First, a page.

Q: Do i need to use silicone?
A: No, the steel gutter unions are supplied with an dry joint EDPM rubber seal.
Q: Will PPC Black steel gutter suit my property?
A: Well that depends on your type of property. PPC Black steel gutter is most widely suited to new builds faced with brick or timber, however it also looks very attractive on stone and industrial style buildings. It wouldn’t really suit Victorian/Georgian town houses, country cottages or listed buildings.
Q: What does PPC Mean?
A: Polyester Powder Coating is a process. After spray or dip based chemical pre-treatment, aluminium or steel parts are electrostatically sprayed with a coloured powder and oven cured.
Q: Is galvanised steel gutter the cheapest solution?
A: Yes, other than standard PVC gutter. We carried out a price comparison using the prices shown on our website to replace the gutter and downpipes on the front of a 3 bedroom property with a small extension.
• 112mm Half round PVC £83.71
• 115mm Galvanised steel £288.11
• 115mm PPC Black steel £318.00
• 112mm Cast iron style PVC £366.43
• 115mm Cast aluminium PPC £788.00
• 115mm Cast iron painted £972.72
All the above prices shown include VAT @ 20%
Q: Who manufactures your steel gutter?
A: We stock Zambelli’s range of steel rainwater. Zambelli is Germany’s largest and in our opinion best manufacture of steel rainwater products.
Q: How long do steel gutters last?
A: The life expectancy of galvanised & PPC steel gutter is 25 years plus, depending on geographical location. For example we would expect costal installations to be more expectable to corrosion.
Q: Does steel gutter have a warranty?
A: Yes, Zambelli offer a 15 year manufactures warranty on the entire range of galvanised & PPC steel rainwater products.
Q: How to cut steel gutters?
A: Firstly mark the area you wish to cut, then with a hacksaw make the initial cut. You now have a choice, you can continue using the hacksaw or opt to use tin snips.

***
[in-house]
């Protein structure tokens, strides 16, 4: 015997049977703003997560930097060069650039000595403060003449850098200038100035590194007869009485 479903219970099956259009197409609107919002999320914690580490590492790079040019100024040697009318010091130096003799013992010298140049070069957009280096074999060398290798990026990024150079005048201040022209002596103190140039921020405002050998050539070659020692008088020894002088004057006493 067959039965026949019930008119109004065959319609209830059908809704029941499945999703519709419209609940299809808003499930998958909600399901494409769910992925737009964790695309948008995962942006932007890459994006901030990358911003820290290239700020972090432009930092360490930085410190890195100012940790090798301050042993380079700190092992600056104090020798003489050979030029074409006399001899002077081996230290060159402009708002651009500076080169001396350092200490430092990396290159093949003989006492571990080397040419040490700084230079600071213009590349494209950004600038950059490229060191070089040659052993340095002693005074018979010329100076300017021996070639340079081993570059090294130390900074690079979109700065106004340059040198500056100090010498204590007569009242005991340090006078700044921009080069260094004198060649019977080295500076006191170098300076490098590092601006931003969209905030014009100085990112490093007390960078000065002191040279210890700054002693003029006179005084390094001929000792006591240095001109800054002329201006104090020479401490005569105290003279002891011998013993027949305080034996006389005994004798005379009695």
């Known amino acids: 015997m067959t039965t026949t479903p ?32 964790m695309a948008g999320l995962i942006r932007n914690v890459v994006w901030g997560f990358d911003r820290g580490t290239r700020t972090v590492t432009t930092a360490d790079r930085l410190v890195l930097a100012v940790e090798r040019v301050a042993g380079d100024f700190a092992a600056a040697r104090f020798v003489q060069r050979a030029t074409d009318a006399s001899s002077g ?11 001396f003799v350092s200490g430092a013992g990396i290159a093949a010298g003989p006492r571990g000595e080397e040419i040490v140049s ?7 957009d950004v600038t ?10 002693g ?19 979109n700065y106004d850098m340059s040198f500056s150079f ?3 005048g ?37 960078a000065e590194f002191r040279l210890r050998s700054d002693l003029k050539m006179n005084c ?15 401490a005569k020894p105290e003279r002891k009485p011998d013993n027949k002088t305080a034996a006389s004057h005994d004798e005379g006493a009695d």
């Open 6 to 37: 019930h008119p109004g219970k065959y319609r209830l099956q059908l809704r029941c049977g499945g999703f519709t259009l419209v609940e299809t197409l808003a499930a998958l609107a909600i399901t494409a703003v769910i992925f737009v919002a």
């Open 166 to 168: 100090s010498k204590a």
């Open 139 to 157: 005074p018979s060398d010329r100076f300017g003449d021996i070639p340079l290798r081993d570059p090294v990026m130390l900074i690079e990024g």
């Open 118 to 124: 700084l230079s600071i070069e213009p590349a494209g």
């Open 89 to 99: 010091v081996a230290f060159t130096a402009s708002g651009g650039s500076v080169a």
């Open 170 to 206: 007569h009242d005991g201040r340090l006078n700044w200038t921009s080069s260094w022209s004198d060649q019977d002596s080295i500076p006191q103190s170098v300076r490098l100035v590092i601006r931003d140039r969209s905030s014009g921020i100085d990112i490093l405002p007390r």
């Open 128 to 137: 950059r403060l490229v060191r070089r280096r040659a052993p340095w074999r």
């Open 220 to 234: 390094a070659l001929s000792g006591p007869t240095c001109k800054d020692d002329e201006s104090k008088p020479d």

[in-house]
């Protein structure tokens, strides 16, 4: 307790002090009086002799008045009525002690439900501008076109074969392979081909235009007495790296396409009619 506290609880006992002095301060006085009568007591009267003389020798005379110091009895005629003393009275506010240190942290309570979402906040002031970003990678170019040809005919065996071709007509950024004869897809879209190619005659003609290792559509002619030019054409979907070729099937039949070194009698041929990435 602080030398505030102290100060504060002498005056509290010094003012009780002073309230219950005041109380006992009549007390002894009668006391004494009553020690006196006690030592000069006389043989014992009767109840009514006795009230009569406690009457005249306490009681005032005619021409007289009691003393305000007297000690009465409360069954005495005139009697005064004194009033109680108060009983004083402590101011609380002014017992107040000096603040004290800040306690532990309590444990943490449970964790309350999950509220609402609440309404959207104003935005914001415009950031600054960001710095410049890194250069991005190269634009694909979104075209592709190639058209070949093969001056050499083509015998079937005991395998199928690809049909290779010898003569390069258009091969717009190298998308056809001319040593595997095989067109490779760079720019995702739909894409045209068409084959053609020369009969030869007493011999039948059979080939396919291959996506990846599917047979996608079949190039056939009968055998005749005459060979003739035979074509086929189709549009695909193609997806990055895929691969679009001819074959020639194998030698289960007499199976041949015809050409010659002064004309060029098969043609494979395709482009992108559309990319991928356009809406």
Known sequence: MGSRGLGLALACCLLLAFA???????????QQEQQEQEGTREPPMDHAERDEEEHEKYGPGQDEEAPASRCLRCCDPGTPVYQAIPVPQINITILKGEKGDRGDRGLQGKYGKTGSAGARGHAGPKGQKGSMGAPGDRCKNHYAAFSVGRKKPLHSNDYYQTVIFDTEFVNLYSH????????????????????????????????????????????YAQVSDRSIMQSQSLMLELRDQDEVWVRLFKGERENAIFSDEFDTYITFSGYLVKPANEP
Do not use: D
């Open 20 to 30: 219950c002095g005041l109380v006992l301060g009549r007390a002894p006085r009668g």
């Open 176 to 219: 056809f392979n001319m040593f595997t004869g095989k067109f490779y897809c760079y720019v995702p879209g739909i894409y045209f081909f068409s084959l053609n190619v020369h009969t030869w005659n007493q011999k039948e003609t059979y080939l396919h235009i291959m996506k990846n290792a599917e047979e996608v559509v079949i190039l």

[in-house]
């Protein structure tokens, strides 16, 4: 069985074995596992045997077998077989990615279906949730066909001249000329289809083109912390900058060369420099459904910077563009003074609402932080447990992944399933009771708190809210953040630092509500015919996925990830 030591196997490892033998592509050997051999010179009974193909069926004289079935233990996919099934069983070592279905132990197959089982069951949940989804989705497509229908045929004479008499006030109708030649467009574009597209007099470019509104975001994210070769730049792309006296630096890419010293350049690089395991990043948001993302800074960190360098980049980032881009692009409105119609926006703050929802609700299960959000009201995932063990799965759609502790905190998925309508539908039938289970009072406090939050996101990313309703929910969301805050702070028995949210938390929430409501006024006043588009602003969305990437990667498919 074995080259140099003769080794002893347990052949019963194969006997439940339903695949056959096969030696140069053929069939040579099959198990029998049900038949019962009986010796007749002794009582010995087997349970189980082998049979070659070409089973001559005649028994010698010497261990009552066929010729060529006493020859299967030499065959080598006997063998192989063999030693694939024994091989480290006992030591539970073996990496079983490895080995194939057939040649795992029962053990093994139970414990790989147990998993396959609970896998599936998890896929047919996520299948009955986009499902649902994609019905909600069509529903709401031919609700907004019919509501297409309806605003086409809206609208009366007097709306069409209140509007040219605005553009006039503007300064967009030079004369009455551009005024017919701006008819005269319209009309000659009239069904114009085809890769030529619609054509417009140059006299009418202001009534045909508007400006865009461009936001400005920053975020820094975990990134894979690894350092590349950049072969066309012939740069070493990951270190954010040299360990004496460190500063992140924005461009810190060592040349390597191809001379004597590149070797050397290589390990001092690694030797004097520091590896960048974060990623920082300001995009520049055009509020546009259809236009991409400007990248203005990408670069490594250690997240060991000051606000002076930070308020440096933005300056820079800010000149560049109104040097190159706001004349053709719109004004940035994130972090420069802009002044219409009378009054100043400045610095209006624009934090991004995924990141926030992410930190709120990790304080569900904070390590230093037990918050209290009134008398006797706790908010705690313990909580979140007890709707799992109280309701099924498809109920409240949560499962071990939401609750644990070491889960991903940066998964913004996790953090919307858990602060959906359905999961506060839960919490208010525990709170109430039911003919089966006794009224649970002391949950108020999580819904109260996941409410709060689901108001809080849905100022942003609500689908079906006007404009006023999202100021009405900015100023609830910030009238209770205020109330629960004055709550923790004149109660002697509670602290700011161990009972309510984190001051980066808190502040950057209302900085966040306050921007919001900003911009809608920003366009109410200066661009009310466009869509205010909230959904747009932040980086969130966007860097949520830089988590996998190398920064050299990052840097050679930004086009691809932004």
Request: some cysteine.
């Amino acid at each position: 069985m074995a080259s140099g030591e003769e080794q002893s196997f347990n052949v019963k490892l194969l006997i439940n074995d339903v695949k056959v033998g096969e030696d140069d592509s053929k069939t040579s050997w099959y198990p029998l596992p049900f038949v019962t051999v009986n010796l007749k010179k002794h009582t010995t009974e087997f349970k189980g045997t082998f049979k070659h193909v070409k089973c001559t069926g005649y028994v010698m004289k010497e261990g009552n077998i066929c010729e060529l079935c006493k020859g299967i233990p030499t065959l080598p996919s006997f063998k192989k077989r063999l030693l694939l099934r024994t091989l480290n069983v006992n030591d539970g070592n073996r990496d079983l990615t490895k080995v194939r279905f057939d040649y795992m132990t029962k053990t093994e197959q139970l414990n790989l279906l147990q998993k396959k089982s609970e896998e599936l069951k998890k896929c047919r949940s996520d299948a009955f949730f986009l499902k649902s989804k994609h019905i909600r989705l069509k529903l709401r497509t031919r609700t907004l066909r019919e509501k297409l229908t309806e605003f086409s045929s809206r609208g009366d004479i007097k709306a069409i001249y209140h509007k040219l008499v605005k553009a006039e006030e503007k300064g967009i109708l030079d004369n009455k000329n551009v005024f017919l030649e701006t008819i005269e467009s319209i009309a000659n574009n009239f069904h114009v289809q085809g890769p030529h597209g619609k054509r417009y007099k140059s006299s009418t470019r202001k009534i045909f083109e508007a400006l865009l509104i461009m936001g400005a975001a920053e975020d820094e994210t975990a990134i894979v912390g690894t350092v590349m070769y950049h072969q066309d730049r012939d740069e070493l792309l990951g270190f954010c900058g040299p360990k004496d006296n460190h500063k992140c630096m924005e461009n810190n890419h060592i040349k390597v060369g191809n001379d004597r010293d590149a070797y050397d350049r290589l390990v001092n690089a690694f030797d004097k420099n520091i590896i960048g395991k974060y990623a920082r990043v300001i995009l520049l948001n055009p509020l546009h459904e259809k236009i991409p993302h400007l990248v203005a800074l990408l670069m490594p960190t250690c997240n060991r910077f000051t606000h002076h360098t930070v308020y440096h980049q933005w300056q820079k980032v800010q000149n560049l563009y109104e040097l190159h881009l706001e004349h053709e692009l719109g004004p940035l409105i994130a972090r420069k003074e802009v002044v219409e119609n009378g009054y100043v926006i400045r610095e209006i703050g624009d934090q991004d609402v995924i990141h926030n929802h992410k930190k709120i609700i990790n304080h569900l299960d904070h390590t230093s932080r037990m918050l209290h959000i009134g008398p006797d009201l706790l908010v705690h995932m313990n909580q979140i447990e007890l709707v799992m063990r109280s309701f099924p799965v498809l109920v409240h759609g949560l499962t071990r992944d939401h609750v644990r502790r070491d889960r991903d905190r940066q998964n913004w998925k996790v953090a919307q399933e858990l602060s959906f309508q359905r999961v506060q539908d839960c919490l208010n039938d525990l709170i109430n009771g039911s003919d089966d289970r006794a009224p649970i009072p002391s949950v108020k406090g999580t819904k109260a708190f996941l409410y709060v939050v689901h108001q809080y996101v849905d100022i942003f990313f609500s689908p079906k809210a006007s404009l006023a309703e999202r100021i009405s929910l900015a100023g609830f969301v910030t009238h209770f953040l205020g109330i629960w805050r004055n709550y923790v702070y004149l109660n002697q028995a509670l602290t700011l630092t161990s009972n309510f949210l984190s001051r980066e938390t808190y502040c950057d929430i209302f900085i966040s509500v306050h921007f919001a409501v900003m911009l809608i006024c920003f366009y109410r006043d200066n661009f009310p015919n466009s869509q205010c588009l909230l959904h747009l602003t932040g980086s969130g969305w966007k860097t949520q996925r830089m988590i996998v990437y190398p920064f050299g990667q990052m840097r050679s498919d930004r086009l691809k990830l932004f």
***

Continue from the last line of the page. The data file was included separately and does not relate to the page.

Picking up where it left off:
Q: Can I paint galvanised steel gutter?
A: You can, but it is not an easy process, the oily finish needs to be cleaned with a specialist cleaning solution before applying the primer and top coats. If you want a coloured rainwater system, we suggest you consider purchasing powder coated steel.
Q: Can I solder or weld galvanised steel gutter?
A: No, you cannot weld or solder galvanised & PPC steel as it will produce toxic fumes. Also, the wall of the gutter is to thin and you will ultimately end up damaging the system.
Q: How to repair galvanised steel gutter?
A: You can’t really repair the gutter, only replace the damage section with new. Luckily steel gutter is not expensive and has a wide range of easy to install fittings.
Q: How to install galvanised & PPC steel gutter?
A: Please see full installation guidelines with in the tab titled installation on the product pages.
1. Generally position the fascia brackets at 915mm centres, using at least 3 brackets per gutter length. Use 2 screws on both the left and right fixing options and 1/no underneath the gutter securing tab
2. Use a string line to set out your fascia brackets along the gutter run allowing for a fall of 1:600 to 1:350 (max).
3. A bead connector is used to join two lengths of gutter. Insert the connector into the front roll of each gutter length. Allow for a 4mm expansion gap.
4. An EDPM rubber sealed union connector is used to connect the gutter lengths and angles together. Locate the union connector over the rear edge of the gutter.
5. Locate the clasp over the front roll edge of the gutter. Push down on top of the clasp and squeeze the clasp shut. Fold the locking tab over to fully secure.
6. Locate the gutter into the fascia bracket and seat level, then fold the front tab of the fascia bracket around the front roll and into the gutter. Fold the rear tab of the fascia bracket down and over the rear edge of the gutter.
1. When installing a ‘wrap around outlet’ mark the desired location of the outlet by drawing a line either side of the outlet along its edge. Draw a further line 20mm inside of the outer lines and join these inner lines together in an oval pattern. This becomes the marking for the cut out hole.
2. Use a hacksaw to make an initial hole in the gutter, and then use a set of tin snips to cut out the inner hole that you have marked out.
3. Attach the outlet to the gutter and fold the rear tabs of the outlet over the rear edge of the gutter, making sure the outlet is aligned correctly to accept the downpipe.
4. Tap the inner rough edges of the hole that was cut in the gutter, down into the outlet, to ensure a smooth flow of water.
5. Offsets are achieved using 2/no 70º bends, with larger offsets being made by inserting a pipe length between the two bends.
6. Downpipes should be installed using at least 2/no pipe clips per length. Mark out the clips locations and level with a sprit level or plumb line. Open the tightening screw to allow the pipe to be inserted, close the clip and re-tighten, making sure not to over tighten and damage the downpipe.
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